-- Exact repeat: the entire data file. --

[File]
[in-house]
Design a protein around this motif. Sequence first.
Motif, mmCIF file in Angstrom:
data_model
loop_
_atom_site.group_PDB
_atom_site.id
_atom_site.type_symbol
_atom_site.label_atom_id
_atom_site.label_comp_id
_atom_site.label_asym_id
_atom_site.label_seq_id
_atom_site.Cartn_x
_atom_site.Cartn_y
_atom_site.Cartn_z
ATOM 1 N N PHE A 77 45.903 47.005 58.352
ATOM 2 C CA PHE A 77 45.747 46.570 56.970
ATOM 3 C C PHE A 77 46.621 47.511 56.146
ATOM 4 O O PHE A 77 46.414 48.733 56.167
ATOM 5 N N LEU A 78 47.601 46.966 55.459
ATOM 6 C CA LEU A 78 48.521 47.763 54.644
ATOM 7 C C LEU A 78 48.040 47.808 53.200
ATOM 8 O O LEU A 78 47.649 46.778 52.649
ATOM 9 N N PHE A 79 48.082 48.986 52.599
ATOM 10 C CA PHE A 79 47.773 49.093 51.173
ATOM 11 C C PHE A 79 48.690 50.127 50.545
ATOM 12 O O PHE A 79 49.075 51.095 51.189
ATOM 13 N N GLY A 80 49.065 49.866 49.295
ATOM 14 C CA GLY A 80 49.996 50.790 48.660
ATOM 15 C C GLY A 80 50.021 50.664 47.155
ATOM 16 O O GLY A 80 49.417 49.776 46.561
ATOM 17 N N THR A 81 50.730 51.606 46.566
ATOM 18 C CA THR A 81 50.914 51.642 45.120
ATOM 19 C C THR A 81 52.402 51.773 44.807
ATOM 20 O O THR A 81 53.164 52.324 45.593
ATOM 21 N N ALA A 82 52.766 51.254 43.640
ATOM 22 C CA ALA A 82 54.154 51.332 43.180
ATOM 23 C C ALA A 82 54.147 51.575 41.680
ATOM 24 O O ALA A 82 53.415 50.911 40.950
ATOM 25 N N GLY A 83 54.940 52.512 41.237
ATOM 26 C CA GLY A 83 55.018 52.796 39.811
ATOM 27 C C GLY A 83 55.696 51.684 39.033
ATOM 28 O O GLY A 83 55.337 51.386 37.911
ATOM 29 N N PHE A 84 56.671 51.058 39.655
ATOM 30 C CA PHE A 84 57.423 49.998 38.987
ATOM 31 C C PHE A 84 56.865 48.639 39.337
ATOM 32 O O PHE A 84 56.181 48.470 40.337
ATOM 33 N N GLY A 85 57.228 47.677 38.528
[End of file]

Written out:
[in-house]
Design a protein around this motif. Sequence first.
Motif, mmCIF file in Angstrom:
data_model
loop_
_atom_site.group_PDB
_atom_site.id
_atom_site.type_symbol
_atom_site.label_atom_id
_atom_site.label_comp_id
_atom_site.label_asym_id
_atom_site.label_seq_id
_atom_site.Cartn_x
_atom_site.Cartn_y
_atom_site.Cartn_z
ATOM 1 N N PHE A 77 45.903 47.005 58.352
ATOM 2 C CA PHE A 77 45.747 46.570 56.970
ATOM 3 C C PHE A 77 46.621 47.511 56.146
ATOM 4 O O PHE A 77 46.414 48.733 56.167
ATOM 5 N N LEU A 78 47.601 46.966 55.459
ATOM 6 C CA LEU A 78 48.521 47.763 54.644
ATOM 7 C C LEU A 78 48.040 47.808 53.200
ATOM 8 O O LEU A 78 47.649 46.778 52.649
ATOM 9 N N PHE A 79 48.082 48.986 52.599
ATOM 10 C CA PHE A 79 47.773 49.093 51.173
ATOM 11 C C PHE A 79 48.690 50.127 50.545
ATOM 12 O O PHE A 79 49.075 51.095 51.189
ATOM 13 N N GLY A 80 49.065 49.866 49.295
ATOM 14 C CA GLY A 80 49.996 50.790 48.660
ATOM 15 C C GLY A 80 50.021 50.664 47.155
ATOM 16 O O GLY A 80 49.417 49.776 46.561
ATOM 17 N N THR A 81 50.730 51.606 46.566
ATOM 18 C CA THR A 81 50.914 51.642 45.120
ATOM 19 C C THR A 81 52.402 51.773 44.807
ATOM 20 O O THR A 81 53.164 52.324 45.593
ATOM 21 N N ALA A 82 52.766 51.254 43.640
ATOM 22 C CA ALA A 82 54.154 51.332 43.180
ATOM 23 C C ALA A 82 54.147 51.575 41.680
ATOM 24 O O ALA A 82 53.415 50.911 40.950
ATOM 25 N N GLY A 83 54.940 52.512 41.237
ATOM 26 C CA GLY A 83 55.018 52.796 39.811
ATOM 27 C C GLY A 83 55.696 51.684 39.033
ATOM 28 O O GLY A 83 55.337 51.386 37.911
ATOM 29 N N PHE A 84 56.671 51.058 39.655
ATOM 30 C CA PHE A 84 57.423 49.998 38.987
ATOM 31 C C PHE A 84 56.865 48.639 39.337
ATOM 32 O O PHE A 84 56.181 48.470 40.337
ATOM 33 N N GLY A 85 57.228 47.677 38.528